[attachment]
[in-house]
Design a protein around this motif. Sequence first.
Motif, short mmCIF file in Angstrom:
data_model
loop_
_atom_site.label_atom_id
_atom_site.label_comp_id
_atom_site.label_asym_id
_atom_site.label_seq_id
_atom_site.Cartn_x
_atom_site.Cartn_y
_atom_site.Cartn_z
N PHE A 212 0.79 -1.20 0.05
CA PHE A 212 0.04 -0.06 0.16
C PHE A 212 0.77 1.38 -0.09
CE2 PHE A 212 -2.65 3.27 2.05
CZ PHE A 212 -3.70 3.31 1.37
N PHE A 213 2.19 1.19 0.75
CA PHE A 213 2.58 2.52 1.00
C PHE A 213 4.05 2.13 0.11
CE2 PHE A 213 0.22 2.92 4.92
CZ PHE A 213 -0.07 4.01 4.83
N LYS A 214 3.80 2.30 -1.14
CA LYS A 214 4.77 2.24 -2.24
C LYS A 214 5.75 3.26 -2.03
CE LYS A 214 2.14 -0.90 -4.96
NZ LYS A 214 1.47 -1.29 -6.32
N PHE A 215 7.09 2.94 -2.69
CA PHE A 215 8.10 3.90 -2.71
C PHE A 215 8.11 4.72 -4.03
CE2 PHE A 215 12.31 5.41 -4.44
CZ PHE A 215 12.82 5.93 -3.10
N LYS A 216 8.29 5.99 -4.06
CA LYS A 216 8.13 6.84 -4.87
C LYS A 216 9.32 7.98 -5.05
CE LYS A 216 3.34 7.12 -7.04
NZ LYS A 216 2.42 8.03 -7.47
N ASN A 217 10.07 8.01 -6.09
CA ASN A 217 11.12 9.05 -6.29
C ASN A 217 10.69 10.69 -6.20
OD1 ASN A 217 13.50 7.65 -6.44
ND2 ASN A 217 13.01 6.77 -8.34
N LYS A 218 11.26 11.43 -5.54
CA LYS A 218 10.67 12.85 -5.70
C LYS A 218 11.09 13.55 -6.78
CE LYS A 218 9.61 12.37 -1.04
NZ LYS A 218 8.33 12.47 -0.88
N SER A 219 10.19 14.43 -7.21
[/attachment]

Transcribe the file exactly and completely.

[in-house]
Design a protein around this motif. Sequence first.
Motif, short mmCIF file in Angstrom:
data_model
loop_
_atom_site.label_atom_id
_atom_site.label_comp_id
_atom_site.label_asym_id
_atom_site.label_seq_id
_atom_site.Cartn_x
_atom_site.Cartn_y
_atom_site.Cartn_z
N PHE A 212 0.79 -1.20 0.05
CA PHE A 212 0.04 -0.06 0.16
C PHE A 212 0.77 1.38 -0.09
CE2 PHE A 212 -2.65 3.27 2.05
CZ PHE A 212 -3.70 3.31 1.37
N PHE A 213 2.19 1.19 0.75
CA PHE A 213 2.58 2.52 1.00
C PHE A 213 4.05 2.13 0.11
CE2 PHE A 213 0.22 2.92 4.92
CZ PHE A 213 -0.07 4.01 4.83
N LYS A 214 3.80 2.30 -1.14
CA LYS A 214 4.77 2.24 -2.24
C LYS A 214 5.75 3.26 -2.03
CE LYS A 214 2.14 -0.90 -4.96
NZ LYS A 214 1.47 -1.29 -6.32
N PHE A 215 7.09 2.94 -2.69
CA PHE A 215 8.10 3.90 -2.71
C PHE A 215 8.11 4.72 -4.03
CE2 PHE A 215 12.31 5.41 -4.44
CZ PHE A 215 12.82 5.93 -3.10
N LYS A 216 8.29 5.99 -4.06
CA LYS A 216 8.13 6.84 -4.87
C LYS A 216 9.32 7.98 -5.05
CE LYS A 216 3.34 7.12 -7.04
NZ LYS A 216 2.42 8.03 -7.47
N ASN A 217 10.07 8.01 -6.09
CA ASN A 217 11.12 9.05 -6.29
C ASN A 217 10.69 10.69 -6.20
OD1 ASN A 217 13.50 7.65 -6.44
ND2 ASN A 217 13.01 6.77 -8.34
N LYS A 218 11.26 11.43 -5.54
CA LYS A 218 10.67 12.85 -5.70
C LYS A 218 11.09 13.55 -6.78
CE LYS A 218 9.61 12.37 -1.04
NZ LYS A 218 8.33 12.47 -0.88
N SER A 219 10.19 14.43 -7.21